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Delivery of Rapamycin Using In Situ Forming Implants Promotes Immunoregulation and Vascularized Composite Allograft Survival


Sutter, Damian; Dzhonova, Dzhuliya V; Prost, Jean-Christophe; Bovet, Cedric; Banz, Yara; Rahnfeld, Lisa; Leroux, Jean-Christophe; Rieben, Robert; Vögelin, Esther; Plock, Jan A; Luciani, Paola; Taddeo, Adriano; Schnider, Jonas T (2019). Delivery of Rapamycin Using In Situ Forming Implants Promotes Immunoregulation and Vascularized Composite Allograft Survival. Scientific Reports, 9:9269.

Abstract

Vascularized composite allotransplantation (VCA), such as hand and face transplantation, is emerging as a potential solution in patients that suffered severe injuries. However, adverse effects of chronic high-dose immunosuppression regimens strongly limit the access to these procedures. In this study, we developed an in situ forming implant (ISFI) loaded with rapamycin to promote VCA acceptance. We hypothesized that the sustained delivery of low-dose rapamycin in proximity to the graft may promote graft survival and induce an immunoregulatory microenvironment, boosting the expansion of T regulatory cells (T). In vitro and in vivo analysis of rapamycin-loaded ISFI (Rapa-ISFI) showed sustained drug release with subtherapeutic systemic levels and persistent tissue levels. A single injection of Rapa-ISFI in the groin on the same side as a transplanted limb significantly prolonged VCA survival. Moreover, treatment with Rapa-ISFI increased the levels of multilineage mixed chimerism and the frequency of T both in the circulation and VCA-skin. Our study shows that Rapa-ISFI therapy represents a promising approach for minimizing immunosuppression, decreasing toxicity and increasing patient compliance. Importantly, the use of such a delivery system may favor the reprogramming of allogeneic responses towards a regulatory function in VCA and, potentially, in other transplants and inflammatory conditions.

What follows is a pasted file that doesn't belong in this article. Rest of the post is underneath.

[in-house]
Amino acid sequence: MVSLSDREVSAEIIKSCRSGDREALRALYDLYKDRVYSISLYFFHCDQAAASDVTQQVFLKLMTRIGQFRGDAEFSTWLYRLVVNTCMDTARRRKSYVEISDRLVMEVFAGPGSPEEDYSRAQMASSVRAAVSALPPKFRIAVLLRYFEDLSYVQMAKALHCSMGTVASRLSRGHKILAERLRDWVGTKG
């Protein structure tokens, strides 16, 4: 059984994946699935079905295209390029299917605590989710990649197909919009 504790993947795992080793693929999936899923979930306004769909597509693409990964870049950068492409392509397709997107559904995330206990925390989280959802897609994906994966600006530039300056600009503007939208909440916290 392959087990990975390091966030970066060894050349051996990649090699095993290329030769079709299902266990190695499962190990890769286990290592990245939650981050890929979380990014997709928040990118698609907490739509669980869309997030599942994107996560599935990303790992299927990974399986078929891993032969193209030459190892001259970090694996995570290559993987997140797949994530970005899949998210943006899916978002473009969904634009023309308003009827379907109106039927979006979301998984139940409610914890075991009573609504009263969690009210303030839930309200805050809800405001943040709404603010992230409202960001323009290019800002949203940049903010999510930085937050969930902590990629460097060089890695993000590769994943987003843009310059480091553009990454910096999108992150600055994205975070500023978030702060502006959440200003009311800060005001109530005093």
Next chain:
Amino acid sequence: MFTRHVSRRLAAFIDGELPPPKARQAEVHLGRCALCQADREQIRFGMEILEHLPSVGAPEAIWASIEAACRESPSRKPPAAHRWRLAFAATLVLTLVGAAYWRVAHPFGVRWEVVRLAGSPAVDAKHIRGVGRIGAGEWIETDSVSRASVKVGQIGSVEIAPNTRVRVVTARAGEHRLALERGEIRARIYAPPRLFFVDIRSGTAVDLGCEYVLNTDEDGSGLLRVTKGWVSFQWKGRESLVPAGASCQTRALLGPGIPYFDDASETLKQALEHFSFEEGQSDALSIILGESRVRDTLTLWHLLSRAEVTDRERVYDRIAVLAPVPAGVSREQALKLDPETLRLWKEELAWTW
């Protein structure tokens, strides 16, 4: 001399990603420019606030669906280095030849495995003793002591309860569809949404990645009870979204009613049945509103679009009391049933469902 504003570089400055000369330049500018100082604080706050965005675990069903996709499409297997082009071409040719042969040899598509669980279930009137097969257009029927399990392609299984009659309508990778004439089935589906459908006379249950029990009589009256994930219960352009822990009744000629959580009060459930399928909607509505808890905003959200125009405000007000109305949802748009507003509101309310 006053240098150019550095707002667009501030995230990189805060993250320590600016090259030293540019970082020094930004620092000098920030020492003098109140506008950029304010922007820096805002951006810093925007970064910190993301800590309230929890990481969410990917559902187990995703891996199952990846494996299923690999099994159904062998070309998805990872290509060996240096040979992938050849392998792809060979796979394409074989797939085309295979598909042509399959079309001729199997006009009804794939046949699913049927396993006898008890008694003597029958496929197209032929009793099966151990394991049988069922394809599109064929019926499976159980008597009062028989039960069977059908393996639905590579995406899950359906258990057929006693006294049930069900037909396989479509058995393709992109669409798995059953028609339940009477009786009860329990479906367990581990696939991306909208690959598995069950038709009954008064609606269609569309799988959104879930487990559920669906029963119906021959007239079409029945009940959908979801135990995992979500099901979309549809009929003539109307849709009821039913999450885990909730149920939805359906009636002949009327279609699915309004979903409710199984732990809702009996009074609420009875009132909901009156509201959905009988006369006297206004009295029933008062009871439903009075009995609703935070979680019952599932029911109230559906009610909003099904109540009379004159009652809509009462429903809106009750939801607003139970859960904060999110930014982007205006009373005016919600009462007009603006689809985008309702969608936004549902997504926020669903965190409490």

Abstract

Vascularized composite allotransplantation (VCA), such as hand and face transplantation, is emerging as a potential solution in patients that suffered severe injuries. However, adverse effects of chronic high-dose immunosuppression regimens strongly limit the access to these procedures. In this study, we developed an in situ forming implant (ISFI) loaded with rapamycin to promote VCA acceptance. We hypothesized that the sustained delivery of low-dose rapamycin in proximity to the graft may promote graft survival and induce an immunoregulatory microenvironment, boosting the expansion of T regulatory cells (T). In vitro and in vivo analysis of rapamycin-loaded ISFI (Rapa-ISFI) showed sustained drug release with subtherapeutic systemic levels and persistent tissue levels. A single injection of Rapa-ISFI in the groin on the same side as a transplanted limb significantly prolonged VCA survival. Moreover, treatment with Rapa-ISFI increased the levels of multilineage mixed chimerism and the frequency of T both in the circulation and VCA-skin. Our study shows that Rapa-ISFI therapy represents a promising approach for minimizing immunosuppression, decreasing toxicity and increasing patient compliance. Importantly, the use of such a delivery system may favor the reprogramming of allogeneic responses towards a regulatory function in VCA and, potentially, in other transplants and inflammatory conditions.

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Item Type:Journal Article, refereed, original work
Communities & Collections:04 Faculty of Medicine > University Hospital Zurich > Clinic for Reconstructive Surgery
Dewey Decimal Classification:610 Medicine & health
Scopus Subject Areas:Health Sciences > Multidisciplinary
Language:English
Date:25 June 2019
Deposited On:01 Nov 2019 14:06
Last Modified:22 Apr 2020 21:25
Publisher:Nature Publishing Group
ISSN:2045-2322
OA Status:Gold
Free access at:PubMed ID. An embargo period may apply.
Publisher DOI:https://doi.org/10.1038/s41598-019-45759-y
PubMed ID:31239498

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